Liquid Nitrogen Spray Cryotherapy in Treatment of Barrett's Esophagus, Where Do We Stand? A Systematic Review and Meta-Analysis

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Diseases of the Esophagus





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Radiofrequency ablation (RFA) is the preferred treatment option for Barrett's esophagus (BE) to achieve complete eradication (CE) of dysplasia (D), and intestinal metaplasia (IM). Cryotherapy, using liquid nitrogen (LNC), is a cold-induced tissue-injury technique option for the ablation of BE. We conducted a systematic review and meta-analysis to assess the overall efficacy and safety of LNC in the treatment of BE. We conducted a search of multiple electronic databases and conference proceedings from inception through June 2018. The primary outcome was to estimate the pooled rates of CE-IM, CE-D, and CE-HGD. The secondary outcome was to estimate the risk of adverse events and recurrence of disease after LNC. Nine studies reported 386 patients who were treated with LNC. The pooled rate of CE-IM was 56.5% (95% CI 48.5–64.2, I2 = 47), pooled rate of CE-D was 83.5% (95% CI 78.3–87.7, I2 = 22.8), and pooled rate of CE-HGD was 86.5% (95% CI 64.4–95.8, I2 = 88.1). Rate of adverse events was 4.7%, and the risk of BE recurrence was 12.7%. On subgroup analysis, the pooled rate of CE-IM with LNC in patients who failed RFA was 58.4% (95% CI 47.2–68.8, I2 = 32.5), and the pooled rate of CE-D in the same population was 81.9% (95% CI 72.5–88.6, I2 = 5.9). CE-D rates with LNC are comparable to RFA while CE-IM rates appear to be lower than the rates achievable with RFA. CE-IM rate in RFA failed patients is 58.4% and thus LNC is a rescue option to consider in this population.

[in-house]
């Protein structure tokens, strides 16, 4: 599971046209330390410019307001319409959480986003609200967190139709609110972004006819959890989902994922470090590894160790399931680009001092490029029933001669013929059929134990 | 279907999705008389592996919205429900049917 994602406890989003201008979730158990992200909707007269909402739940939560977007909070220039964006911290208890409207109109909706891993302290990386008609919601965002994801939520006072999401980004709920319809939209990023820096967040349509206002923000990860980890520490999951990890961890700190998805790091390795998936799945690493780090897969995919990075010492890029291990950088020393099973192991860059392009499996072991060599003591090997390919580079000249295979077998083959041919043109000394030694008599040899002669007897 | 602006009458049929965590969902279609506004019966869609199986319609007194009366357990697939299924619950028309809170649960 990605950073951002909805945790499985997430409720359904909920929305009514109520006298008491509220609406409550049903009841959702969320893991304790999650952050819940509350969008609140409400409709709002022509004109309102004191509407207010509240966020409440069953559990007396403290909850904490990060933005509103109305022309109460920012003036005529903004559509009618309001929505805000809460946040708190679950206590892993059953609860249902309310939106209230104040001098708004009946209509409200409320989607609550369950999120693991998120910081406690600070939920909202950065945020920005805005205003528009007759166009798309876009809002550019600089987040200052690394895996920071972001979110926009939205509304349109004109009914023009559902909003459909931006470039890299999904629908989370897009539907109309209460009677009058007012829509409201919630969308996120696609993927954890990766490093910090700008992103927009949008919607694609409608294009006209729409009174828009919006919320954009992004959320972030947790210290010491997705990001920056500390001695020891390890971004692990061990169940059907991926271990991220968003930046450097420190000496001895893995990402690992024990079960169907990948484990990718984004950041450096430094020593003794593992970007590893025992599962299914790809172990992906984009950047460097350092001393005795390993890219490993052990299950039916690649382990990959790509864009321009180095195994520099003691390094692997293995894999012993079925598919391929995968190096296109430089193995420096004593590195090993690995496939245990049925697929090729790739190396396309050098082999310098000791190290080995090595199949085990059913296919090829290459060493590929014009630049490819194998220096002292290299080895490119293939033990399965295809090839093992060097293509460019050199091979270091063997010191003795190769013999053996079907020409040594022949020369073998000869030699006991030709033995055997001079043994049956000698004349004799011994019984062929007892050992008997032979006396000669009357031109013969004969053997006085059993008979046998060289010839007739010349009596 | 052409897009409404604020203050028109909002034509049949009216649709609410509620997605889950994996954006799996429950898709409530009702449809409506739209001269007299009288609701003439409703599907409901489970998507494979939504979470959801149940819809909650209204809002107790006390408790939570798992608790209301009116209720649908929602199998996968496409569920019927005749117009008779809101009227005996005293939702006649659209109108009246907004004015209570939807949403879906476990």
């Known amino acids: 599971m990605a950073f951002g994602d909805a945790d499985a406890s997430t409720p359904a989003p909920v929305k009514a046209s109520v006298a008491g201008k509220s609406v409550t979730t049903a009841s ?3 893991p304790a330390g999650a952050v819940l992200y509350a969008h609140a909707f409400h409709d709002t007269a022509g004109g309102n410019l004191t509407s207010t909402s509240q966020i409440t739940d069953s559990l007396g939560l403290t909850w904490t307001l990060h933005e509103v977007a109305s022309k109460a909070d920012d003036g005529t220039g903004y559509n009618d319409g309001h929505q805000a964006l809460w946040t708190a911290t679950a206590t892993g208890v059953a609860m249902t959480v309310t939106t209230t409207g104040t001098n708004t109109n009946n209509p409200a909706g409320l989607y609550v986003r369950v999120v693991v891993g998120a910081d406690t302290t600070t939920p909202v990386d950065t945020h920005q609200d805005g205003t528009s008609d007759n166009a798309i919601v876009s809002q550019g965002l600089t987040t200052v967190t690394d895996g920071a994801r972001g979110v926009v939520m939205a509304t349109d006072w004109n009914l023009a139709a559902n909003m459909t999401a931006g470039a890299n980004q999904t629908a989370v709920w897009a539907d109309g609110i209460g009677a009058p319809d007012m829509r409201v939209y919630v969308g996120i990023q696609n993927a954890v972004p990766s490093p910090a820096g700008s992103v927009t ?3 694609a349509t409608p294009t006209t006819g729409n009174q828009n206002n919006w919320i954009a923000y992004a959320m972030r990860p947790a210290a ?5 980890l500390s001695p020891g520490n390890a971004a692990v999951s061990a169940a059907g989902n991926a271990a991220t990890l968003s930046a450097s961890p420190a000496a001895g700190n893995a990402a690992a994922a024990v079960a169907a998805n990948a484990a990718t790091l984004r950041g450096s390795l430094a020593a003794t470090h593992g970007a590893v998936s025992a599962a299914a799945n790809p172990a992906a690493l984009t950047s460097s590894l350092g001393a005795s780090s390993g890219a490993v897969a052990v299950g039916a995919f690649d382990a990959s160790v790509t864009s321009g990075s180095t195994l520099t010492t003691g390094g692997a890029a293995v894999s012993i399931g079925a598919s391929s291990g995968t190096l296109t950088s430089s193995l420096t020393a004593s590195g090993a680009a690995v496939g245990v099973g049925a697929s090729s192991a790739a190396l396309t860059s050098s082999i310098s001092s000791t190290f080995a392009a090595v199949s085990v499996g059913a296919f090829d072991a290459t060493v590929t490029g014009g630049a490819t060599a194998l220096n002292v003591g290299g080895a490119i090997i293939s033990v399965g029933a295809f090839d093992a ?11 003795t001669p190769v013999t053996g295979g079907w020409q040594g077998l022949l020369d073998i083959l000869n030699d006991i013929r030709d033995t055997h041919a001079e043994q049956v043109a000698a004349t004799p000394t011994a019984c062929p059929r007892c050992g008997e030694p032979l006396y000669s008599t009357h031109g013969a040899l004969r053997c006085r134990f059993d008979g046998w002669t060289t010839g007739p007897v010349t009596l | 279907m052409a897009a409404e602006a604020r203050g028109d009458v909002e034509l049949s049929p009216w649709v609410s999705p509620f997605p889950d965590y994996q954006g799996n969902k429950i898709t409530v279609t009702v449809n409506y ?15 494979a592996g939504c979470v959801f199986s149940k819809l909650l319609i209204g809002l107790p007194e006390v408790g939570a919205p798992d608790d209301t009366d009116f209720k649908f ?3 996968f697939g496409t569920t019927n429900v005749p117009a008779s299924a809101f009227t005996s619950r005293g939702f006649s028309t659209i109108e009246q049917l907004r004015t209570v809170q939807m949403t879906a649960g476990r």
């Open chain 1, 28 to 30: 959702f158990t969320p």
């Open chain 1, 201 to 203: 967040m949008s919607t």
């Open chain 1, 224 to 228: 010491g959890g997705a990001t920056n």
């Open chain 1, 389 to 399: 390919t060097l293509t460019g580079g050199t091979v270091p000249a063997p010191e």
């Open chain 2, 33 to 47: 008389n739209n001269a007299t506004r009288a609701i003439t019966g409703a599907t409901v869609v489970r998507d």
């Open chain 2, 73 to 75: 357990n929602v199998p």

Barrett’s esophagus; Cryotherapy; Radiofrequency ablation


Analytical, Diagnostic and Therapeutic Techniques and Equipment | Digestive System Diseases



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